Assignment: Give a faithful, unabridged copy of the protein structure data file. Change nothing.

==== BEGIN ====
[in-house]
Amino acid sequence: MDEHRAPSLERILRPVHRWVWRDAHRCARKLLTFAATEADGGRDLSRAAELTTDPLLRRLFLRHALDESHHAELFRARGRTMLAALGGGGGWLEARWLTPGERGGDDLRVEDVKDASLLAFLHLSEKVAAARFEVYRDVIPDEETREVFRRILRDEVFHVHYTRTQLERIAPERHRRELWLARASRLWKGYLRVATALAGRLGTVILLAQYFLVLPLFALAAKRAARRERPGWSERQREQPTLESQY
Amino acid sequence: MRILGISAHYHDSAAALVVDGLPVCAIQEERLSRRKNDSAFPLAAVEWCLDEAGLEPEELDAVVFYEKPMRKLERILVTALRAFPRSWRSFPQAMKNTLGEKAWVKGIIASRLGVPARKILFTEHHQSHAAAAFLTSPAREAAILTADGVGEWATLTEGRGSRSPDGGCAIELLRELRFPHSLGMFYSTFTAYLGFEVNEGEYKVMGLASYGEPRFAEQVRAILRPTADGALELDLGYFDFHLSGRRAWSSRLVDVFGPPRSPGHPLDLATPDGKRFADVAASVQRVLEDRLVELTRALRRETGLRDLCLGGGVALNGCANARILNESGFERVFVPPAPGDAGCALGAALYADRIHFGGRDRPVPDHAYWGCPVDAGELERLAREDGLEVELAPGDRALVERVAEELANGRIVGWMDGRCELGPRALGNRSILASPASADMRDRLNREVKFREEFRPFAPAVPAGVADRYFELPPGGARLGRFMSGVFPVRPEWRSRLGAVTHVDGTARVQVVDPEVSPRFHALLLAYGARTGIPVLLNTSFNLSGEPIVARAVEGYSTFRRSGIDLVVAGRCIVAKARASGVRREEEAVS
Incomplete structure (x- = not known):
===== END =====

[in-house]
Amino acid sequence: MDEHRAPSLERILRPVHRWVWRDAHRCARKLLTFAATEADGGRDLSRAAELTTDPLLRRLFLRHALDESHHAELFRARGRTMLAALGGGGGWLEARWLTPGERGGDDLRVEDVKDASLLAFLHLSEKVAAARFEVYRDVIPDEETREVFRRILRDEVFHVHYTRTQLERIAPERHRRELWLARASRLWKGYLRVATALAGRLGTVILLAQYFLVLPLFALAAKRAARRERPGWSERQREQPTLESQY
Amino acid sequence: MRILGISAHYHDSAAALVVDGLPVCAIQEERLSRRKNDSAFPLAAVEWCLDEAGLEPEELDAVVFYEKPMRKLERILVTALRAFPRSWRSFPQAMKNTLGEKAWVKGIIASRLGVPARKILFTEHHQSHAAAAFLTSPAREAAILTADGVGEWATLTEGRGSRSPDGGCAIELLRELRFPHSLGMFYSTFTAYLGFEVNEGEYKVMGLASYGEPRFAEQVRAILRPTADGALELDLGYFDFHLSGRRAWSSRLVDVFGPPRSPGHPLDLATPDGKRFADVAASVQRVLEDRLVELTRALRRETGLRDLCLGGGVALNGCANARILNESGFERVFVPPAPGDAGCALGAALYADRIHFGGRDRPVPDHAYWGCPVDAGELERLAREDGLEVELAPGDRALVERVAEELANGRIVGWMDGRCELGPRALGNRSILASPASADMRDRLNREVKFREEFRPFAPAVPAGVADRYFELPPGGARLGRFMSGVFPVRPEWRSRLGAVTHVDGTARVQVVDPEVSPRFHALLLAYGARTGIPVLLNTSFNLSGEPIVARAVEGYSTFRRSGIDLVVAGRCIVAKARASGVRREEEAVS
Incomplete structure (x- = not known):